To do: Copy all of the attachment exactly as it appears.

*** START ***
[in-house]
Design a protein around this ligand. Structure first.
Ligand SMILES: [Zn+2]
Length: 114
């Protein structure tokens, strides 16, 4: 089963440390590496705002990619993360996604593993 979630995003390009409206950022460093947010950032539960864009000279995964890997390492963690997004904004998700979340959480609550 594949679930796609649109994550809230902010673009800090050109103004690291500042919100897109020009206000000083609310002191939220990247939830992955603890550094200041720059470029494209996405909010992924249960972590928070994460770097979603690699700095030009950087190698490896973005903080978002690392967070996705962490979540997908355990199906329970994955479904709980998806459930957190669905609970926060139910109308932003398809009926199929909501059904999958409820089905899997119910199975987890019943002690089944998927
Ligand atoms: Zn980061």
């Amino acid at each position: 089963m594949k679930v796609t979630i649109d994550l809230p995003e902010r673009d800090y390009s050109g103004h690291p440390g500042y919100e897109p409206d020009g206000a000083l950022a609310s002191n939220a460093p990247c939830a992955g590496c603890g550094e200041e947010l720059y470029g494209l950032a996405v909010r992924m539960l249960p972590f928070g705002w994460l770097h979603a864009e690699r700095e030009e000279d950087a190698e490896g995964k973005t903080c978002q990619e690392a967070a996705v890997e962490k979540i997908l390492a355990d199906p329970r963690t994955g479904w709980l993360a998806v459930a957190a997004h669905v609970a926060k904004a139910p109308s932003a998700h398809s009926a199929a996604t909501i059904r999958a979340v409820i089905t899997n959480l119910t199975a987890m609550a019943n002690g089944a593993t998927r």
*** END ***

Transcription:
[in-house]
Design a protein around this ligand. Structure first.
Ligand SMILES: [Zn+2]
Length: 114
């Protein structure tokens, strides 16, 4: 089963440390590496705002990619993360996604593993 979630995003390009409206950022460093947010950032539960864009000279995964890997390492963690997004904004998700979340959480609550 594949679930796609649109994550809230902010673009800090050109103004690291500042919100897109020009206000000083609310002191939220990247939830992955603890550094200041720059470029494209996405909010992924249960972590928070994460770097979603690699700095030009950087190698490896973005903080978002690392967070996705962490979540997908355990199906329970994955479904709980998806459930957190669905609970926060139910109308932003398809009926199929909501059904999958409820089905899997119910199975987890019943002690089944998927
Ligand atoms: Zn980061």
């Amino acid at each position: 089963m594949k679930v796609t979630i649109d994550l809230p995003e902010r673009d800090y390009s050109g103004h690291p440390g500042y919100e897109p409206d020009g206000a000083l950022a609310s002191n939220a460093p990247c939830a992955g590496c603890g550094e200041e947010l720059y470029g494209l950032a996405v909010r992924m539960l249960p972590f928070g705002w994460l770097h979603a864009e690699r700095e030009e000279d950087a190698e490896g995964k973005t903080c978002q990619e690392a967070a996705v890997e962490k979540i997908l390492a355990d199906p329970r963690t994955g479904w709980l993360a998806v459930a957190a997004h669905v609970a926060k904004a139910p109308s932003a998700h398809s009926a199929a996604t909501i059904r999958a979340v409820i089905t899997n959480l119910t199975a987890m609550a019943n002690g089944a593993t998927r």